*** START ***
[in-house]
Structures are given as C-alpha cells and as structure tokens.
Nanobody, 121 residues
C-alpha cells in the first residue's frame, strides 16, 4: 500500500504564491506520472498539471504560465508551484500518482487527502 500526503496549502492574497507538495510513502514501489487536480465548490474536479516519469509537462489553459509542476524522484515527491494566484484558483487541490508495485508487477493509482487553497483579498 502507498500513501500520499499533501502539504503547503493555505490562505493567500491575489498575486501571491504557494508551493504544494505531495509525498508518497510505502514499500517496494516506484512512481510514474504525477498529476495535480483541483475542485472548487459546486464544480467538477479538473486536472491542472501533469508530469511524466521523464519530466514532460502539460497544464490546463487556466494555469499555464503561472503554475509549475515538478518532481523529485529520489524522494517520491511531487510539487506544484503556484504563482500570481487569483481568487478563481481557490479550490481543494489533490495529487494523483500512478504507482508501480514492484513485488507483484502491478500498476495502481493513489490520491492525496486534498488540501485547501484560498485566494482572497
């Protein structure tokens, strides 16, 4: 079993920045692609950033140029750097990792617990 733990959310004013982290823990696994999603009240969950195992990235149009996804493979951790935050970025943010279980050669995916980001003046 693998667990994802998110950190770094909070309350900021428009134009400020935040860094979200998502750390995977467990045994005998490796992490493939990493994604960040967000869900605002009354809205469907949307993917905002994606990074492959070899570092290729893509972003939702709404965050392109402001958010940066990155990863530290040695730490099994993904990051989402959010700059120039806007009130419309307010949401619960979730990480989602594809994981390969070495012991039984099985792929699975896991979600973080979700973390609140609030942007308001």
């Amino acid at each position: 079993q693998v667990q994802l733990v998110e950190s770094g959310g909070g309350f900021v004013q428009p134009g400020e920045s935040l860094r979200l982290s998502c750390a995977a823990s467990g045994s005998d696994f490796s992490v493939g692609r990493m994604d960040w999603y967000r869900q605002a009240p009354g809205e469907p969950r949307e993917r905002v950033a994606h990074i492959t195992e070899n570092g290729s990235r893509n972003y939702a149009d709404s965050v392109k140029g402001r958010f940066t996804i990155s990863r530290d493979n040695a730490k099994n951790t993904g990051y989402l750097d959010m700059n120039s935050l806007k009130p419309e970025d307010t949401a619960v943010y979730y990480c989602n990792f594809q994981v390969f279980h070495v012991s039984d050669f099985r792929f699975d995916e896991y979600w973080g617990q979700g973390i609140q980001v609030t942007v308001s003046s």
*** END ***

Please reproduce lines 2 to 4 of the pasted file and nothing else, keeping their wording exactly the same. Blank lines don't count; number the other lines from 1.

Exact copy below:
Structures are given as C-alpha cells and as structure tokens.
Nanobody, 121 residues
C-alpha cells in the first residue's frame, strides 16, 4: 500500500504564491506520472498539471504560465508551484500518482487527502 500526503496549502492574497507538495510513502514501489487536480465548490474536479516519469509537462489553459509542476524522484515527491494566484484558483487541490508495485508487477493509482487553497483579498 502507498500513501500520499499533501502539504503547503493555505490562505493567500491575489498575486501571491504557494508551493504544494505531495509525498508518497510505502514499500517496494516506484512512481510514474504525477498529476495535480483541483475542485472548487459546486464544480467538477479538473486536472491542472501533469508530469511524466521523464519530466514532460502539460497544464490546463487556466494555469499555464503561472503554475509549475515538478518532481523529485529520489524522494517520491511531487510539487506544484503556484504563482500570481487569483481568487478563481481557490479550490481543494489533490495529487494523483500512478504507482508501480514492484513485488507483484502491478500498476495502481493513489490520491492525496486534498488540501485547501484560498485566494482572497